• B’Tselem is heavily involved in the international demonization campaign against Israel and similarly lacks all credibility and research methodology, in general, and in particular on casualty claims in Gaza. As an Israeli organization, B’Tselem is unable to send personnel or verify information in Gaza, particularly during major conflicts. Its only source of independent information is from telephone interviews with Gazan residents, whose claims cannot be verified.
  • On July 27, B’Tselem posted a “Note concerning testimonies about the ‘Protective Edge’ campaign” acknowledging that “With the current military campaign ongoing, B’Tselem is taking testimony from Gaza residents, mainly by telephone. B’Tselem verifies, to the best of its ability, the reliability and precision of the information reported; nevertheless, in these circumstances, reports may be incomplete or contain errors. Given the urgency of informing the public about events in Gaza, B’Tselem has decided to publish the information now available.” (emphasis added). Although many errors were found in B’Tselem’s reporting, the NGO has not corrected its misinformation.

Legal Task Force

The Legal Taskforce, which is a working group of the Protection Cluster, is chaired by the Norwegian Refugee Council (NRC) and is responsible for coordinating legal responses by 14 Palestinian, Israeli and international NGOs. The NGOs involved in the Legal Task Force include: Association for Civil Rights in Israel (ACRI), Adalah, Addameer, Al Haq, B’Tselem, Defence for Children International – Palestine Section (DCI-PS), Hamoked, Ir Amim, Jerusalem Legal Aid and Human Rights Center (JLAC), Rabbis for Human Rights (RHR), St. Yves, and Yesh Din.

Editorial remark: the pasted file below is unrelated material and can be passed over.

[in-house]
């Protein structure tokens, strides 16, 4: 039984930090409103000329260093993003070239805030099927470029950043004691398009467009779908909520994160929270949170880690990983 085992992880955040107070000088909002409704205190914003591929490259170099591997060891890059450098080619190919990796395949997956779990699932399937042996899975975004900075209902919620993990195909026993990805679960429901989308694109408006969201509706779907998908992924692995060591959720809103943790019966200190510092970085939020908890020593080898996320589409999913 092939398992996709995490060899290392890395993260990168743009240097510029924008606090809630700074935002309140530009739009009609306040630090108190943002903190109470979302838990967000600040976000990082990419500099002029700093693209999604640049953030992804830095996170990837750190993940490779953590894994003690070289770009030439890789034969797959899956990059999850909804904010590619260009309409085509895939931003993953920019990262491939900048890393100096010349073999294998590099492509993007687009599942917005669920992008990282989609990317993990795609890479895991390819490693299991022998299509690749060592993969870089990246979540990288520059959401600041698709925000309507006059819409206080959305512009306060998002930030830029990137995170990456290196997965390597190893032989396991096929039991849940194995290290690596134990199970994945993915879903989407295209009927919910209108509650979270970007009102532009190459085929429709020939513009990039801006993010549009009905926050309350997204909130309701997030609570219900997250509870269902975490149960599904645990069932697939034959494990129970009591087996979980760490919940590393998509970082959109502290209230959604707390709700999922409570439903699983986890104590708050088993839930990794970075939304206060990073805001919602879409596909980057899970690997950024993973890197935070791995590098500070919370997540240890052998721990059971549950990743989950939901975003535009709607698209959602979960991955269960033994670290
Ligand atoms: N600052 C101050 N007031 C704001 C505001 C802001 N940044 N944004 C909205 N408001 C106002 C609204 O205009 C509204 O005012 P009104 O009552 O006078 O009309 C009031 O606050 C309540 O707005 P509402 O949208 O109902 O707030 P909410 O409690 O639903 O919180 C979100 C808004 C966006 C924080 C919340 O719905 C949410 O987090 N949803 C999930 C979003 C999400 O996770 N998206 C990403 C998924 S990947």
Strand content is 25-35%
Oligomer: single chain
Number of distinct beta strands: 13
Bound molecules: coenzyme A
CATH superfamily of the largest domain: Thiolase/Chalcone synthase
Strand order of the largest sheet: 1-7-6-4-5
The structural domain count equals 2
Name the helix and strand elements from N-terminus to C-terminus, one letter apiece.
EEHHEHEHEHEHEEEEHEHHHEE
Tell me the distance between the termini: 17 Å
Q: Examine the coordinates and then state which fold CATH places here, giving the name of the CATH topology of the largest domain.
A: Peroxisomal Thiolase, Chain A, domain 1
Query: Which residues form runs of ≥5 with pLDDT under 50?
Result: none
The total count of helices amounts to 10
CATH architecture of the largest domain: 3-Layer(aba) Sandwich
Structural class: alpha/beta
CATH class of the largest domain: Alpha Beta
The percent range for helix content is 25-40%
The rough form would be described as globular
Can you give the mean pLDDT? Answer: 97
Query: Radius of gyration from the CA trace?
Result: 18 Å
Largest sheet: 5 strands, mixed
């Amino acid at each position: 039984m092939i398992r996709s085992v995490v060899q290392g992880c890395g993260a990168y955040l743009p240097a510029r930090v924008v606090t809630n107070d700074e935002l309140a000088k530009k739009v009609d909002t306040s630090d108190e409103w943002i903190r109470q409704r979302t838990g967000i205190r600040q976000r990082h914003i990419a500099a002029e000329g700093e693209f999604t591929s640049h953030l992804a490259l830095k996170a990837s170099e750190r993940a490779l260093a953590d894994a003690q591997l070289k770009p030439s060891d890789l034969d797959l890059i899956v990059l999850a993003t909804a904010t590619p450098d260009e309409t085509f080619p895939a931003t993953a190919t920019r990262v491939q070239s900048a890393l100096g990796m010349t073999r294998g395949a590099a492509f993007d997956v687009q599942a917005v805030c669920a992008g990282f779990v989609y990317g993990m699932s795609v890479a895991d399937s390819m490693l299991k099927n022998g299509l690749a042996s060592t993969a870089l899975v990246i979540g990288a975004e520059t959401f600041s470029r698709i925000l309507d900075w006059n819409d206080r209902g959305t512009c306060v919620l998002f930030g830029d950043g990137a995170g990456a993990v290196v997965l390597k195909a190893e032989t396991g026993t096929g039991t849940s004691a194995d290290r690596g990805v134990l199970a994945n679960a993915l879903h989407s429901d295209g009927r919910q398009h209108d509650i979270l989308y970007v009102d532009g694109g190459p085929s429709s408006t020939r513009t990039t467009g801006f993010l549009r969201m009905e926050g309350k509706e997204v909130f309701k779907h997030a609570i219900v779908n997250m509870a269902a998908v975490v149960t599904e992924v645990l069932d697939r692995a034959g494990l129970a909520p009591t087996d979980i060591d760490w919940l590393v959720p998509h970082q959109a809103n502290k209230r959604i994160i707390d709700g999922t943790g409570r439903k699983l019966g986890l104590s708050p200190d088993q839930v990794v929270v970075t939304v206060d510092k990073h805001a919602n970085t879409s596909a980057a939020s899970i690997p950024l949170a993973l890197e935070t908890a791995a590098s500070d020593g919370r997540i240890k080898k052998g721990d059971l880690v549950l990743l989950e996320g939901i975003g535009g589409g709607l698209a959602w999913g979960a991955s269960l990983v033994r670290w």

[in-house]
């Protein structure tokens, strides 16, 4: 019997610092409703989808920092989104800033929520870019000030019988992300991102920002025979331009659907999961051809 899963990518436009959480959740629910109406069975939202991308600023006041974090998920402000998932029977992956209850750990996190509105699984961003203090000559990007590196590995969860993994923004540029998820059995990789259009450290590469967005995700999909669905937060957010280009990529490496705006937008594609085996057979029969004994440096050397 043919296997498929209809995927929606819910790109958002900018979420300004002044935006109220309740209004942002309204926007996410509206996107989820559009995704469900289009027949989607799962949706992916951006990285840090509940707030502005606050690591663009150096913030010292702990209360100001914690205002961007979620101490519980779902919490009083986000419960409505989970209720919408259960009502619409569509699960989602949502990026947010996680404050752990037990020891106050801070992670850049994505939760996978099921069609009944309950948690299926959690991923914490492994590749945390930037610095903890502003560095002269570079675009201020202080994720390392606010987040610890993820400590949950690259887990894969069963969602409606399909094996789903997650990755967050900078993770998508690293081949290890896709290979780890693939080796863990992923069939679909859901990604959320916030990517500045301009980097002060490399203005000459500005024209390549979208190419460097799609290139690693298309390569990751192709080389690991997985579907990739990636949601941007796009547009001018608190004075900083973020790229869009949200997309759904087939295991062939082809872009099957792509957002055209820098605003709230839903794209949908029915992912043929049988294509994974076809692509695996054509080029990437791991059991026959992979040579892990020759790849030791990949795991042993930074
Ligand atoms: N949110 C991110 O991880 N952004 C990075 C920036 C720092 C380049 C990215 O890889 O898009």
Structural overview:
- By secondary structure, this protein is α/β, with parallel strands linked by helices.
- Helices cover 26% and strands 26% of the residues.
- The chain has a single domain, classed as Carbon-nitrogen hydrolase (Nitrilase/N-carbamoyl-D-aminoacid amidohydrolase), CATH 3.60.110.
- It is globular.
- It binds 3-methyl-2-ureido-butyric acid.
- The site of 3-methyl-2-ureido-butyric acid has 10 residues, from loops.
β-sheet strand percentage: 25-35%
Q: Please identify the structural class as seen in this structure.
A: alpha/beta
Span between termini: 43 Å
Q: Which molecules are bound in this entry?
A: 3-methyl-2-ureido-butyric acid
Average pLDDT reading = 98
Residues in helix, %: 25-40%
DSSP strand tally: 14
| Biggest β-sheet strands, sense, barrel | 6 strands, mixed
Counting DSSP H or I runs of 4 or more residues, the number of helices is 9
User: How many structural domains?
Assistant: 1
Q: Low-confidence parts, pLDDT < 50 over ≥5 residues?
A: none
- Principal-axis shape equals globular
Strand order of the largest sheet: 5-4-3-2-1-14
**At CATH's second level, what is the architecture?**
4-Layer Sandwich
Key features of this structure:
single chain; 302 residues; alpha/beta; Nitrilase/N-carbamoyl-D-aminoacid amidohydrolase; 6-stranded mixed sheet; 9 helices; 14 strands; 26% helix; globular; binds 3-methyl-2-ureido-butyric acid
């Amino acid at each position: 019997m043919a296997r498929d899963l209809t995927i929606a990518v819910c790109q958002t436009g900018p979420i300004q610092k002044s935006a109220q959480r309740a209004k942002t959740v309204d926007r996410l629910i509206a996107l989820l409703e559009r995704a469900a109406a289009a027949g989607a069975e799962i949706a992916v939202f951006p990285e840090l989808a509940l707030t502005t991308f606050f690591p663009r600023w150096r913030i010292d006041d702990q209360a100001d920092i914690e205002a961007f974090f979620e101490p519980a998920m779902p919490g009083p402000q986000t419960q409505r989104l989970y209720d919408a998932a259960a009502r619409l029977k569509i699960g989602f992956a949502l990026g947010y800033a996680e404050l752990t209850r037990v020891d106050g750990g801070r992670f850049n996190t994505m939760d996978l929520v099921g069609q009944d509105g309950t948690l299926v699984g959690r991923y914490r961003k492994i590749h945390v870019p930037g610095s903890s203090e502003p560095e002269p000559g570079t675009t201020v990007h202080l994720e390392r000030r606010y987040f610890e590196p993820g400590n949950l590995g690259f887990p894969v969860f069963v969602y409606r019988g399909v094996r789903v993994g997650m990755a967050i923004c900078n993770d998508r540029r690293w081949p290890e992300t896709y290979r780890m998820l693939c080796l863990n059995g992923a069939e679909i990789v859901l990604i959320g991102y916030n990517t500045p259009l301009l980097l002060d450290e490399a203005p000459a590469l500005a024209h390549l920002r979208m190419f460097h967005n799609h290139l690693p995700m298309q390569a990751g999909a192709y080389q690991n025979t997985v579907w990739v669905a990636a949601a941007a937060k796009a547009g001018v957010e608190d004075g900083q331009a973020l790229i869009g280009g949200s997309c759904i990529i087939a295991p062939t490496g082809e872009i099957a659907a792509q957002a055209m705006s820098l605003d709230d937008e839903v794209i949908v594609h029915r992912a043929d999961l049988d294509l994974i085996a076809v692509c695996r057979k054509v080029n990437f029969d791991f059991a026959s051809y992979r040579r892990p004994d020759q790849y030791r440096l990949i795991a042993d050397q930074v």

Examples of activities of NGOs involved in the Legal Taskforce:

  • Addameer advocates for Palestinian political prisoners, while altogether omitting the context of terror; Chairperson Abdullatif Ghaith was banned from travelling internationally because of his alleged membership in the PFLP terror organization.
  • Al Haq is a leader of anti-Israel “lawfare” campaigns, exploiting courts in democratic countries in order to harass Israeli officials with civil lawsuits and criminal investigations.
  • JLAC is highly active in promoting BDS campaigns, lobbying international bodies, and utilizing highly inflammatory rhetoric, alleging that “brutality and sadism is the true face of Zionism” and accusing Israel of “savage,” abhorrent and fascist” prac-tices. On August 30, 2009, General Director Issam Abu-Haj wrote an open letter, repeating an age-old antisemitic blood libel, alleging that “Israel is stealing the or-gans of [] dead” Palestinians.
  • Defence for Children International – Palestine Section (DCI-PS) – Highly active in anti-Israel BDS campaigns; lobbying the UN, EU and other international bodies; and promoting a Palestinian “right of return,” which would effectually mean the elimination of Israel as the nation state of the Jewish people.

Water, Sanitation and Hygience (WASH) Cluster

The Water and Sanitation Cluster is another highly problematic cluster active in the region. Like its partner NGOs, OCHA plays a major role in promoting a distorted narrative on water rights and availability, ignoring the negotiated agreements (i.e. Oslo Accords) that determine the water arrangements, internal Palestinian dynamics, and other complexities – in order to falsely accuse Israel of violating international law on water rights. (See Bar Ilan University study for an analysis of these false claims.)